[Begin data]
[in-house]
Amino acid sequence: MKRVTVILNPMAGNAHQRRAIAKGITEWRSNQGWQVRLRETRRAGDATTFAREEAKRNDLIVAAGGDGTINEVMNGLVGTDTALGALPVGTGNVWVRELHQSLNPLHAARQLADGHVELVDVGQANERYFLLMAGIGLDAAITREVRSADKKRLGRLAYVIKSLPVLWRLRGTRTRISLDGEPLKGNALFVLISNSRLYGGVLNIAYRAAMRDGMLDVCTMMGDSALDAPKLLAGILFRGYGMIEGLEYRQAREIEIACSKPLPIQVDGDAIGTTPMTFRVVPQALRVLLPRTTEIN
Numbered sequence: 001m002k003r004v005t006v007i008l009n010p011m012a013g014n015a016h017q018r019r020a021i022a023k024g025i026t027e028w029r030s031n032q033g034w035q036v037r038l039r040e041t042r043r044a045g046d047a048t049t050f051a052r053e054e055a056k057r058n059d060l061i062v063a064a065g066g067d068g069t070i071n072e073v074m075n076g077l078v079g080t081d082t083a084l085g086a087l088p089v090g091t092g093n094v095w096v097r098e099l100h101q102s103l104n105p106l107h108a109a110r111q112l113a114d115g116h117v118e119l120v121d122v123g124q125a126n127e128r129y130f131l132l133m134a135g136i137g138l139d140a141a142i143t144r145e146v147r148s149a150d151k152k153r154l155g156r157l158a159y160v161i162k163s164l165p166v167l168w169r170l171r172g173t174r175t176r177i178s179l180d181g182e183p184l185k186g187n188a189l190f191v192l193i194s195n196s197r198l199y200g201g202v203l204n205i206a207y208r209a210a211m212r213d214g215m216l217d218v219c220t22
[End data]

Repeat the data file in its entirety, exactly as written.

[in-house]
Amino acid sequence: MKRVTVILNPMAGNAHQRRAIAKGITEWRSNQGWQVRLRETRRAGDATTFAREEAKRNDLIVAAGGDGTINEVMNGLVGTDTALGALPVGTGNVWVRELHQSLNPLHAARQLADGHVELVDVGQANERYFLLMAGIGLDAAITREVRSADKKRLGRLAYVIKSLPVLWRLRGTRTRISLDGEPLKGNALFVLISNSRLYGGVLNIAYRAAMRDGMLDVCTMMGDSALDAPKLLAGILFRGYGMIEGLEYRQAREIEIACSKPLPIQVDGDAIGTTPMTFRVVPQALRVLLPRTTEIN
Numbered sequence: 001m002k003r004v005t006v007i008l009n010p011m012a013g014n015a016h017q018r019r020a021i022a023k024g025i026t027e028w029r030s031n032q033g034w035q036v037r038l039r040e041t042r043r044a045g046d047a048t049t050f051a052r053e054e055a056k057r058n059d060l061i062v063a064a065g066g067d068g069t070i071n072e073v074m075n076g077l078v079g080t081d082t083a084l085g086a087l088p089v090g091t092g093n094v095w096v097r098e099l100h101q102s103l104n105p106l107h108a109a110r111q112l113a114d115g116h117v118e119l120v121d122v123g124q125a126n127e128r129y130f131l132l133m134a135g136i137g138l139d140a141a142i143t144r145e146v147r148s149a150d151k152k153r154l155g156r157l158a159y160v161i162k163s164l165p166v167l168w169r170l171r172g173t174r175t176r177i178s179l180d181g182e183p184l185k186g187n188a189l190f191v192l193i194s195n196s197r198l199y200g201g202v203l204n205i206a207y208r209a210a211m212r213d214g215m216l217d218v219c220t22